About Fairfax County Park Authority HISTORY: On December 6, 1950, the Fairfax County Board of Supervisors created the Fairfax County Park Authority. The Park Authority was authorized to make decisions concerning land acquisition, park development and operations in Fairfax County, Virginia. To date, 13 park bond referenda have been approved between 1959 and 2016. Today, the Park Authority has 427 parks on more than 23,000 acres of land. We offer 325 miles of trails, our most popular amenity. FACILITIES: The Park system is the primary public mechanism in Fairfax County for the preservation of environmentally sensitive land and resources, areas of historic significance and the provision of recreational facilities and services including: • Nine indoor RECenters with swimming pools, fitness rooms, gyms and class spaces. Cub Run features an indoor water park and on-site naturalist • Eight golf courses from par-3 to championship level, four driving ranges including the new state-of-the-art heated, covered range at Burke Lake Golf Center • Five nature and visitor centers. Also nine Off-Leash Dog Activity areas • Three lakefront parks including Lake Fairfax, Lake Accotink and Burke Lake, with campgrounds at Burke Lake and Lake Fairfax. The Water Mine Family Swimmin’ Hole at Lake Fairfax, Our Special Harbor Sprayground at Lee as well as an indoor water park at Cub Run RECenter • Clemyjontri Park, a fully accessible playground in Great Falls featuring two acres of family friendly fun and a carousel, as well as Chessie’s Big Backyard and a carousel at the Family Recreation Area at Lee District Park • An ice skating rink at Mount Vernon RECenter and the Skate Park in Wakefield Park adjacent to Audrey Moore RECenter • Kidwell Farm, a working farm of the 1930s-era at Frying Pan Farm Park in Herndon, now with historic carousel • Eight distinctive historic properties available for rent • A working grist mill at Colvin Run in Great Falls and a restored 18th century home at Sully Historic Site in Chantilly • A horticulture center at Green Spring Gardens in Annandale • Natural and cultural resources protected by the Natural Resource Management Plan and Cultural Resource Plans, plus an Invasive Management Area program that targets alien plants and utilizes volunteers in restoring native vegetation throughout our community • Picnic shelters, tennis courts, miniature golf courses, disc golf courses, off-leash dog parks, amphitheaters, a marina, kayaking/canoeing center • Provides 263 athletic fields, including 39 synthetic turf fields, and manages athletic field maintenance services at 417 school athletic fields. PARK AUTHORITY BOARD: A 12-member citizen board, appointed by the Fairfax County Board of Supervisors, sets policies and priorities for the Fairfax County Park Authority. Visit https://www.fairfaxcounty.gov/news2/social-hub/ for Fairfax County Government's Comment Policy.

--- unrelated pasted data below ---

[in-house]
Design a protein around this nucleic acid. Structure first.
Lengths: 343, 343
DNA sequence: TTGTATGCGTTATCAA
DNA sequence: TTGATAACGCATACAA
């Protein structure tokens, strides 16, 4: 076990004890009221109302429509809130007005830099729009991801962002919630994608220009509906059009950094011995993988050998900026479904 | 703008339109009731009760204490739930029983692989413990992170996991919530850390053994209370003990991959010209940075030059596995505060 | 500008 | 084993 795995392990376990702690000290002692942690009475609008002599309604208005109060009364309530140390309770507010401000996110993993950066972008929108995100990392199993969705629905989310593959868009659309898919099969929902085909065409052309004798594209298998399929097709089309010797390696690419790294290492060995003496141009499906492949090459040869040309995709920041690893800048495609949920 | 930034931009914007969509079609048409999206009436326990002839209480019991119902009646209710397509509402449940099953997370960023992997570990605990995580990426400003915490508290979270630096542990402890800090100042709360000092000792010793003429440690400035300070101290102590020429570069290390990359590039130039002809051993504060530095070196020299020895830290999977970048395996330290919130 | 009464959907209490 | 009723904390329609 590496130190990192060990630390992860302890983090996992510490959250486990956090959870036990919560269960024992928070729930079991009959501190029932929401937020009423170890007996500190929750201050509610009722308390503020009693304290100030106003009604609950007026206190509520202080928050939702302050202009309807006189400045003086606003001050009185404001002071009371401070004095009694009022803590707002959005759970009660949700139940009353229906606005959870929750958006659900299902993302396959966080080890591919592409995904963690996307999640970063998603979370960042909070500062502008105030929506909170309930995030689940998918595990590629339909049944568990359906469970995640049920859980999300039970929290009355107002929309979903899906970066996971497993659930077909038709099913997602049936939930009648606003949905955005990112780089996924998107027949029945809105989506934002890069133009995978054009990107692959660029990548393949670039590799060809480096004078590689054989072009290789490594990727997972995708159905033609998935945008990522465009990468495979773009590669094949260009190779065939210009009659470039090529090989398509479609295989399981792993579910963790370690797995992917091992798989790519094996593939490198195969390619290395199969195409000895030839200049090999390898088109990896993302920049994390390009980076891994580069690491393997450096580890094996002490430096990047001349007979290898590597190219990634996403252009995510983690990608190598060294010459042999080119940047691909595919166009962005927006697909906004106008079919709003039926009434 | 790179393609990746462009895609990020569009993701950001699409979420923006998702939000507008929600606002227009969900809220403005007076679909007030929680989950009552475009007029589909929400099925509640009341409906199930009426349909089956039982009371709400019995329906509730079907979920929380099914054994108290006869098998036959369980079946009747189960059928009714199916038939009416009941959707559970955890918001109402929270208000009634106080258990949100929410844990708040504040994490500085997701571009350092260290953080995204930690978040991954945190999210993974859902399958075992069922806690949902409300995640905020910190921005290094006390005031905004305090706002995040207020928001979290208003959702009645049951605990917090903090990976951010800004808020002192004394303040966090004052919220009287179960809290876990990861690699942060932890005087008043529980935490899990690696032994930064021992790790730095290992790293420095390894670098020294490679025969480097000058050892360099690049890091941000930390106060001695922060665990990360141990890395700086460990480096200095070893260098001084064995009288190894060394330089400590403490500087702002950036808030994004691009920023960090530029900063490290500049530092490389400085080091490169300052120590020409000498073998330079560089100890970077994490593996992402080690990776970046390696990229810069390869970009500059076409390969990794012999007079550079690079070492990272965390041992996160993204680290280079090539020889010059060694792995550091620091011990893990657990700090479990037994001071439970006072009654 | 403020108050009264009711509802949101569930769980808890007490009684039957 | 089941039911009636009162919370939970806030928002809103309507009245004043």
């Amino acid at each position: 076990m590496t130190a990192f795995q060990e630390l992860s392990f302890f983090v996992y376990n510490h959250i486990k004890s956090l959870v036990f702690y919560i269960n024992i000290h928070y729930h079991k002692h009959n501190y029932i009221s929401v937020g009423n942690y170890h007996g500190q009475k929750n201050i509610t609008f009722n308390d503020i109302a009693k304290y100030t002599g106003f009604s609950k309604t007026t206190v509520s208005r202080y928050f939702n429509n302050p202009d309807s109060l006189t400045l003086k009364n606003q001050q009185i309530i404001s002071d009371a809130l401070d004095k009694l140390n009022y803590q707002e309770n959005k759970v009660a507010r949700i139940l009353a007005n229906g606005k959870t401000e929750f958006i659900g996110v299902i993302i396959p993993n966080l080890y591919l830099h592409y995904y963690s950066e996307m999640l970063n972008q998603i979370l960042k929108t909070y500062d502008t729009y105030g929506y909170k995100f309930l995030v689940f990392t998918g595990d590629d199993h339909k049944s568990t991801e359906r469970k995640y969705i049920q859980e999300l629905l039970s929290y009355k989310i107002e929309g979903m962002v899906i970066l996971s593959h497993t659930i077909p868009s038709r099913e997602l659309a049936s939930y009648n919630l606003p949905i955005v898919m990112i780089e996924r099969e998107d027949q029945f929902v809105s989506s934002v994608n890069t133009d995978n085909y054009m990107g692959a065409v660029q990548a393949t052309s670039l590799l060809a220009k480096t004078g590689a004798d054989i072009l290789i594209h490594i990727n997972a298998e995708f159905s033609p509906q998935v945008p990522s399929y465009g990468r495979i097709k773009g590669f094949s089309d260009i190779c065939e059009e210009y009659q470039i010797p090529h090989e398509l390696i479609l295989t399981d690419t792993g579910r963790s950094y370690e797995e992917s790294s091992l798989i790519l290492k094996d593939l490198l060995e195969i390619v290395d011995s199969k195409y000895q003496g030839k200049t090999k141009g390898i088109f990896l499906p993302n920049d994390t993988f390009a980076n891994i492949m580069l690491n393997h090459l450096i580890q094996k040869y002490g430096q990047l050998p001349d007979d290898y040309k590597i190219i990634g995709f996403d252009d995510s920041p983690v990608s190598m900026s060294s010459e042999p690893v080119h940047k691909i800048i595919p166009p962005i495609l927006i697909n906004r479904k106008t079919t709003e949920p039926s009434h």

Leave a Reply

Fill in your details below or click an icon to log in:

WordPress.com Logo

You are commenting using your WordPress.com account. Log Out /  Change )

Twitter picture

You are commenting using your Twitter account. Log Out /  Change )

Facebook photo

You are commenting using your Facebook account. Log Out /  Change )

Connecting to %s